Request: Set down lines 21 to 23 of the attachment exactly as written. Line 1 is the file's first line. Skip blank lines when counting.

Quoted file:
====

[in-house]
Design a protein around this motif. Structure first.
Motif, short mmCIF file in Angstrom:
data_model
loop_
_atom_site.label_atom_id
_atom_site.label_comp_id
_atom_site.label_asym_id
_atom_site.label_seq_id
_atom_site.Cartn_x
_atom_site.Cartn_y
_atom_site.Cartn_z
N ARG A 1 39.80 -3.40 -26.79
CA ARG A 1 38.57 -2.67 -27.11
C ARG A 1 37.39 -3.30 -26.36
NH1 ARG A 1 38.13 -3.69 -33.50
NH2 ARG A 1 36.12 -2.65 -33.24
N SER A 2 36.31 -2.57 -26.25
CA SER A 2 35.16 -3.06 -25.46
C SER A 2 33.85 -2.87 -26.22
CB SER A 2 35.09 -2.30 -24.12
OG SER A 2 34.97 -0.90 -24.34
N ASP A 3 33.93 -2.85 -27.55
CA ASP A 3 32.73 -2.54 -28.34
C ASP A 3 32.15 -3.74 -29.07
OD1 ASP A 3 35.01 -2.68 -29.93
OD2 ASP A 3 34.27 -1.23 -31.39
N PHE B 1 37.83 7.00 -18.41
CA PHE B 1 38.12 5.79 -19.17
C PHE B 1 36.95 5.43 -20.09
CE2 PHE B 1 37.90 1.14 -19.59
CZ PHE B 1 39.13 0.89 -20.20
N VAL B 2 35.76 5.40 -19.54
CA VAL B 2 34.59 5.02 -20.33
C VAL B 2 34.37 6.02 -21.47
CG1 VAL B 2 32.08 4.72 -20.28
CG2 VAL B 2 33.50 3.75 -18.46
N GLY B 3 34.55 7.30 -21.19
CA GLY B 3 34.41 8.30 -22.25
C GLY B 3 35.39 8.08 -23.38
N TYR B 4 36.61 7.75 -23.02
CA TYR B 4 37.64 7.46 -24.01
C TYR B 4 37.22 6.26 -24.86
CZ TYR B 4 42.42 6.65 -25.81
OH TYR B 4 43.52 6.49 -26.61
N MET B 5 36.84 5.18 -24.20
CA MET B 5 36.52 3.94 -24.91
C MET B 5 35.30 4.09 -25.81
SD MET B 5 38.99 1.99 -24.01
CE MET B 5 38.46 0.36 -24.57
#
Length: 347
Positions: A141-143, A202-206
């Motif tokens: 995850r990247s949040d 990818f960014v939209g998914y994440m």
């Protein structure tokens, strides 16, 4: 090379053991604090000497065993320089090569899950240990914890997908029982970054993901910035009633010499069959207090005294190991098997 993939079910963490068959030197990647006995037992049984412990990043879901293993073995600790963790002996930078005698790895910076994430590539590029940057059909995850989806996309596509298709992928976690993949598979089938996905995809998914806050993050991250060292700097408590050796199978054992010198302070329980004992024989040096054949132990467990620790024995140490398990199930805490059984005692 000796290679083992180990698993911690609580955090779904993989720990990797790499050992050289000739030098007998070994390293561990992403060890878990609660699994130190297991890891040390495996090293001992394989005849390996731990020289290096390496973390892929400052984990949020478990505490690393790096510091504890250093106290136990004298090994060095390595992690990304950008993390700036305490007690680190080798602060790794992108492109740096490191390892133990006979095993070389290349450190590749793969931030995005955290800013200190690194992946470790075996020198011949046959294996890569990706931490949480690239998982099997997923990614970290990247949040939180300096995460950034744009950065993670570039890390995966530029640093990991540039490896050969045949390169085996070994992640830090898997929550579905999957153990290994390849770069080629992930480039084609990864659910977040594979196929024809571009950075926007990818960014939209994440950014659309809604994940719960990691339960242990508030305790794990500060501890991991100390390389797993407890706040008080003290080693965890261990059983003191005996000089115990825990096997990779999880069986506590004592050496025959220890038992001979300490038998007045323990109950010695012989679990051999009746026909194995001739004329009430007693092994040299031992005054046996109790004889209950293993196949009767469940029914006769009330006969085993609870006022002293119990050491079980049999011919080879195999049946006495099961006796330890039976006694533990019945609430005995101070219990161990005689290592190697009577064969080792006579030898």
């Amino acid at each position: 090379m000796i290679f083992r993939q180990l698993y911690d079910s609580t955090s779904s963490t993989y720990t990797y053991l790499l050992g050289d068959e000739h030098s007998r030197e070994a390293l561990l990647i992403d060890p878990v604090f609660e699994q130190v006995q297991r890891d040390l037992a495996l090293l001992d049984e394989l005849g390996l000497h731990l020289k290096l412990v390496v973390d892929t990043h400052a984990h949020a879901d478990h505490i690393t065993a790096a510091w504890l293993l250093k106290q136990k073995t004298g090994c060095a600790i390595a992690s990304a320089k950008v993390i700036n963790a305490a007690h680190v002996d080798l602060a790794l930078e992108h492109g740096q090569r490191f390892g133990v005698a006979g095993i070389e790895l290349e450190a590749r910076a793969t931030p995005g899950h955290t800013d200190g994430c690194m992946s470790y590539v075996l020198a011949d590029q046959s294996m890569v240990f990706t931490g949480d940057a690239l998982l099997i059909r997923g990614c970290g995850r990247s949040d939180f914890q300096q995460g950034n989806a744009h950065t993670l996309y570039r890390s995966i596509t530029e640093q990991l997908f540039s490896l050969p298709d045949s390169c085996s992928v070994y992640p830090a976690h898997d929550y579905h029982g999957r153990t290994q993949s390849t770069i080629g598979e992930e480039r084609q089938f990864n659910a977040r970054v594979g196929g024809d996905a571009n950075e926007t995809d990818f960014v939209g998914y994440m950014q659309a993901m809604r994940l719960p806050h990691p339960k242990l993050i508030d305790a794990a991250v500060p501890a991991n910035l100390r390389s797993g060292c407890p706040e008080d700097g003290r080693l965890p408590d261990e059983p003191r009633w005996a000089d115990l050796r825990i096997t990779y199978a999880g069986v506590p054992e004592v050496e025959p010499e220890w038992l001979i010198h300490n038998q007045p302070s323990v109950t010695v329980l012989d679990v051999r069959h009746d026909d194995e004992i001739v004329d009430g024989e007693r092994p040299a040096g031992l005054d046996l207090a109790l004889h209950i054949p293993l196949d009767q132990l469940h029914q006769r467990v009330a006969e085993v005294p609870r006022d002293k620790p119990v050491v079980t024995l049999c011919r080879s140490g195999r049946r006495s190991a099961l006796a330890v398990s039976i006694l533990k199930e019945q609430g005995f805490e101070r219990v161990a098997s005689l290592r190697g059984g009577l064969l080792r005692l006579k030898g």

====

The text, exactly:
CB SER A 2 35.09 -2.30 -24.12
OG SER A 2 34.97 -0.90 -24.34
N ASP A 3 33.93 -2.85 -27.55